November 22, 2013

When it Comes to Love: My Father is Cancer Free.


“There is no cancer in your body.”

Those were the words my father’s doctors spoke at his follow up last week.

There are no cells left.

I hadn’t seen my parents for quite some time—I’ll admit, it was way too long. I recently moved closer to them; it wasn’t necessarily out of concern, but it was important to me to be closer than a five hour flight.

My father has gotten in to the habit of scaring us—us being his family. He had three visits to the emergency room this year. The first time he was complaining of stomach problems; it turned out his appendix was about to rupture. They kept him for surgery.

The second time was in Paris. He fell, hit his head and need stitches. (I should interject that my parents are adorable. My mom told my dad at age 74 she had never seen Paris. He took her. They still go on dates and he still buys her flowers after 54 years of marriage. I love what they have.)

His next trip to the ER, he was complaining of headaches. It turns out that they never did an MRI in Paris. He had a subdural hematoma from the fall and once more, he ended up in emergency surgery. His complaint while healing in ICU was that he looked like Herman Munster.

My dad has always had a dry sense of humor. My brother and I grew up on Monty Python and Masterpiece Theatre. Truth be told, I never made it all the way though an episode of MasterpieceTheatre back then. I was eight. I inherited the same humor. My father and I can banter for days…and no matter what he goes through I will never stop trying to get a laugh out of him.

It was at this point I said to him, Hey Dad…you’re allowed three scares a year. Knock it off. You’ve met your quota.

Last month I went up to visit them for a family event. One of my favorite things to listen to is my dad telling stories about his childhood, more specifically my grandfather. I love my father’s stories. I love history. I soak it up like a sponge…I digress.

I went back home with my parents after the second party. The three of us reminisced for a while before my mom went to bed. And then my father sat me down at the kitchen table. In my family, when someone your senior asks you to sit down, it is typically not good news. It was always one of three things: I was grounded, I was about to hear something that could potentially traumatize me, or someone had died. Since I hadn’t skipped school in over 20 years, my heart lodged itself in my throat.

This time was no different. My father told me that when they had taken part of his appendix out, they found cancer cells in the part that was removed. I do not know all the technical terms, nor do I care.

The moment I heard the word cancer, memories with my father flooded my head.

I recalled my father teaching me how to ride a bike and the sound of my own laughter when I peeked behind me and realized I was half way down the street..the vacations spent in Pennsylvania in our cabin. His signing me up for the summer camp program that his company offered. It was for children with special needs.

Sure, there was an indoor and outdoor pool, there were also peers that needed me. I promise you that I learned much more from them than I could  have possibly given. My father, in his infinite wisdom, taught me that summer that everyone is special. He taught me that anyone can learn from another human being. I thought of our family Thanksgivings which were always held at my house. There were never less than 25 family members and as my mom calls them, the strays (aka my friends who always stopped by.) They were always welcome.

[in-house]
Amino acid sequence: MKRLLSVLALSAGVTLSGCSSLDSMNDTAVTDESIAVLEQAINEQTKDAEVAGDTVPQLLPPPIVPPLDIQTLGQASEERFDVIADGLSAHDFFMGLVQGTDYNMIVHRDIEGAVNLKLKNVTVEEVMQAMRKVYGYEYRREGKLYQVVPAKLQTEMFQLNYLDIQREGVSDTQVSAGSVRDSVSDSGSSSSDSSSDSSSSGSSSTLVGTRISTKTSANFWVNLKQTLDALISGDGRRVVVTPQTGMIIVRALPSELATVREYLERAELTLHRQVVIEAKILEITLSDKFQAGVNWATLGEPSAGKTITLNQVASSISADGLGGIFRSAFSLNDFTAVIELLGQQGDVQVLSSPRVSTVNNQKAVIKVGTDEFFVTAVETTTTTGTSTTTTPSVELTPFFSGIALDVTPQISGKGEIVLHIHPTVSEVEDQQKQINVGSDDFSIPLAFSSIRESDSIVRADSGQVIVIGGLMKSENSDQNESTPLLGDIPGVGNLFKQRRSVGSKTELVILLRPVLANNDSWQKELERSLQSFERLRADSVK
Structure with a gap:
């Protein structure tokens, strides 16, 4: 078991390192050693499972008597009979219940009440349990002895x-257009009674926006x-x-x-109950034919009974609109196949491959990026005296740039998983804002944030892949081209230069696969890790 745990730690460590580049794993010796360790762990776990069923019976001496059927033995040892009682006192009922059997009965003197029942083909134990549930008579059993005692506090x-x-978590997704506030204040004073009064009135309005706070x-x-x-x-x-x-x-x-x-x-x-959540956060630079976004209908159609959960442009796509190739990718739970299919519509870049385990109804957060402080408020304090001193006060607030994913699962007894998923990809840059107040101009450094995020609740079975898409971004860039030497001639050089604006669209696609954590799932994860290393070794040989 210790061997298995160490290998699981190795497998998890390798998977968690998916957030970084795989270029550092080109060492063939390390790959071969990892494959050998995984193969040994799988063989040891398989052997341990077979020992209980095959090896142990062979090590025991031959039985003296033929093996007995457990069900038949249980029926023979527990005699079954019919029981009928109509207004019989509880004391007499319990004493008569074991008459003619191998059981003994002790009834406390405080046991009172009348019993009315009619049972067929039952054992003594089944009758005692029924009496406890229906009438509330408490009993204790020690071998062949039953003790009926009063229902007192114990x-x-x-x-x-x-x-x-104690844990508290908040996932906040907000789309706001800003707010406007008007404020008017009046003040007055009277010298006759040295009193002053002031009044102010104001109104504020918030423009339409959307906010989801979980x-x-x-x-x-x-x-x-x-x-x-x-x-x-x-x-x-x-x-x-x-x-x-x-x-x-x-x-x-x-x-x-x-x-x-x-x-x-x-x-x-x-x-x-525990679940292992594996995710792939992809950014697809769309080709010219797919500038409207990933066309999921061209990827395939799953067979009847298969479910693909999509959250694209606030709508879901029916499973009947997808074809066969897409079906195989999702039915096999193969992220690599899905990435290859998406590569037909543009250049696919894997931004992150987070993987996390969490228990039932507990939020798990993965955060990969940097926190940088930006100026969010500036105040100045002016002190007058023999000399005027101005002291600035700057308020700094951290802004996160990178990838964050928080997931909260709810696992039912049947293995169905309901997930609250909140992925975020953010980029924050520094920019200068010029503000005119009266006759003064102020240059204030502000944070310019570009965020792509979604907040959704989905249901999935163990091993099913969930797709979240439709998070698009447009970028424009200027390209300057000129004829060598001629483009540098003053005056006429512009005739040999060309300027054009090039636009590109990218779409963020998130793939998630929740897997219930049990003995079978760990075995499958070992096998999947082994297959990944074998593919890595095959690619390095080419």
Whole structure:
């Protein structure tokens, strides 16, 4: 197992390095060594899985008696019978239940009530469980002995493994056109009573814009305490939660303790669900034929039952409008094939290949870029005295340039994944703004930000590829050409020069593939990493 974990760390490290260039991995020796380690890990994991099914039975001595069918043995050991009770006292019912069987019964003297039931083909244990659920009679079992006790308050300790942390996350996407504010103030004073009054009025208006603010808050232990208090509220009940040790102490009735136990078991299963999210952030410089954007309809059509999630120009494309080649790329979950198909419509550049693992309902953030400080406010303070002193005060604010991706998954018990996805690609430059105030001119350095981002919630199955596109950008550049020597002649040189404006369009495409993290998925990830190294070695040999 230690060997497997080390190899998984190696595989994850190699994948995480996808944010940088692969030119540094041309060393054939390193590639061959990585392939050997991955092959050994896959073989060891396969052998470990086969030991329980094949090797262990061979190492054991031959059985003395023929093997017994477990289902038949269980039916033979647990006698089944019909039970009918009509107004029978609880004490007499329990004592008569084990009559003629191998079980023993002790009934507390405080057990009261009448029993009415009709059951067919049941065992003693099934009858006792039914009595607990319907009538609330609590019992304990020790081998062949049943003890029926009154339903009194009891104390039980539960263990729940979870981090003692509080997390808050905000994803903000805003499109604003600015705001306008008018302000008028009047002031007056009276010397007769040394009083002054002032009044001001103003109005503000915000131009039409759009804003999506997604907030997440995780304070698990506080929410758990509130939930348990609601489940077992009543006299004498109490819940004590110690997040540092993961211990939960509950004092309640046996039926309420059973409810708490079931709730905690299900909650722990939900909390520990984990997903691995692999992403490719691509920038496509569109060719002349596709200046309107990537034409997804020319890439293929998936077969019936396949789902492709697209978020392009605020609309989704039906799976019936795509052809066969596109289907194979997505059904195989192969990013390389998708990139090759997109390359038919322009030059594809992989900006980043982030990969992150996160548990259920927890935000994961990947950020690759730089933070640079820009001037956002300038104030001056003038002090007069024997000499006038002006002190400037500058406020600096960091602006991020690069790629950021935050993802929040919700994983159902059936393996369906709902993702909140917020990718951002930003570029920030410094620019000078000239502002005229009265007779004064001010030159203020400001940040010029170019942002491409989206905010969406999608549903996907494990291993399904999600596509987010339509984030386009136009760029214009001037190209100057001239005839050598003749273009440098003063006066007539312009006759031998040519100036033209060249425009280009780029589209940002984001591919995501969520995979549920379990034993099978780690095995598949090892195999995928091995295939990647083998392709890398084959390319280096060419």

I sat at that table, scared. I was angry that they had known for three months and didn’t say anything. I stared at my father, my eyes as big as saucers and lined with tears. He sat to my right with his head lowered as he spoke. I didn’t want to tell you over the phone. They knew  I would have spent every dime I had just to get on a plane the moment they told me.

He continued:When they removed the appendix, the doctors found what they call carcinoid cells. The surgery is on Thursday. They are removing the rest of the appendix,  and part of the colon as a prevention. While I’m under they are doing a procedure called a chemo wash. It’s not like chemotherapy. I started to cry.

At that moment, my dad looked up at me and had tears in his eyes. We wiped them away with a handkerchief. He has kept one in his pocket as long as I can remember.  He said, Don’t make me cry. You know, Ronna, I’ve only cried twice; when I married your mother and when my brother died. I said, I know, Dad.

Seeing my dad with tears on his face hurt my heart. Seeing him scared broke it in 1,000 pieces. My father died from colon cancer. His next words ripped my heart completely out of my chest. I’m not ready to go. I want to watch my grandchildren grow up.

It was the most honest and loving moment my dad and I have ever had. It doesn’t get more real than that. Dad you’re not going anywhere. You’re going to be ok. I know you are, and you know that I haven’t been wrong yet. 

I hugged my dad so hard that night and I didn’t want to let him go.

No family is perfect and I’m not claiming that mine is, but I’ll tell you something…nothing in this entire world is more important.

There is no greater love.

I got to end my night tonight with one call. Hi Daddy…I just wanted to tell you how much I love you. 


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Editor: Bryonie Wise

Photo: Google images


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